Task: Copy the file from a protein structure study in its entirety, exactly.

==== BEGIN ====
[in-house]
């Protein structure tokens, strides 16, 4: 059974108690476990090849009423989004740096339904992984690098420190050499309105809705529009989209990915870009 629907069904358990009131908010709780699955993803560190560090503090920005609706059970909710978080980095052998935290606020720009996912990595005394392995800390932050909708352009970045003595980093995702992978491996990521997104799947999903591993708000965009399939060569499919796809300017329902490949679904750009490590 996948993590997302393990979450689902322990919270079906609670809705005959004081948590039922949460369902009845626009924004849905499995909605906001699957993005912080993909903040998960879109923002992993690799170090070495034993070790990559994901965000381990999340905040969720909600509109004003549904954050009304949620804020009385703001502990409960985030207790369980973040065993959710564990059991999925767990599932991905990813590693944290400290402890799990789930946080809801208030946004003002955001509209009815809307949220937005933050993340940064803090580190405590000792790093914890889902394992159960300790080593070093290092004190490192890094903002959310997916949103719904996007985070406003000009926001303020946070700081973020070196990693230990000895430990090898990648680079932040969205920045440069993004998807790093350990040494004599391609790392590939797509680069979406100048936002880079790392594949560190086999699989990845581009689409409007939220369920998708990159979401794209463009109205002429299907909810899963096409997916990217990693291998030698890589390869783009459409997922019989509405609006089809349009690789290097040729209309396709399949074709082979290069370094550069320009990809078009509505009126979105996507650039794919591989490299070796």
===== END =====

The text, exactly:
[in-house]
């Protein structure tokens, strides 16, 4: 059974108690476990090849009423989004740096339904992984690098420190050499309105809705529009989209990915870009 629907069904358990009131908010709780699955993803560190560090503090920005609706059970909710978080980095052998935290606020720009996912990595005394392995800390932050909708352009970045003595980093995702992978491996990521997104799947999903591993708000965009399939060569499919796809300017329902490949679904750009490590 996948993590997302393990979450689902322990919270079906609670809705005959004081948590039922949460369902009845626009924004849905499995909605906001699957993005912080993909903040998960879109923002992993690799170090070495034993070790990559994901965000381990999340905040969720909600509109004003549904954050009304949620804020009385703001502990409960985030207790369980973040065993959710564990059991999925767990599932991905990813590693944290400290402890799990789930946080809801208030946004003002955001509209009815809307949220937005933050993340940064803090580190405590000792790093914890889902394992159960300790080593070093290092004190490192890094903002959310997916949103719904996007985070406003000009926001303020946070700081973020070196990693230990000895430990090898990648680079932040969205920045440069993004998807790093350990040494004599391609790392590939797509680069979406100048936002880079790392594949560190086999699989990845581009689409409007939220369920998708990159979401794209463009109205002429299907909810899963096409997916990217990693291998030698890589390869783009459409997922019989509405609006089809349009690789290097040729209309396709399949074709082979290069370094550069320009990809078009509505009126979105996507650039794919591989490299070796």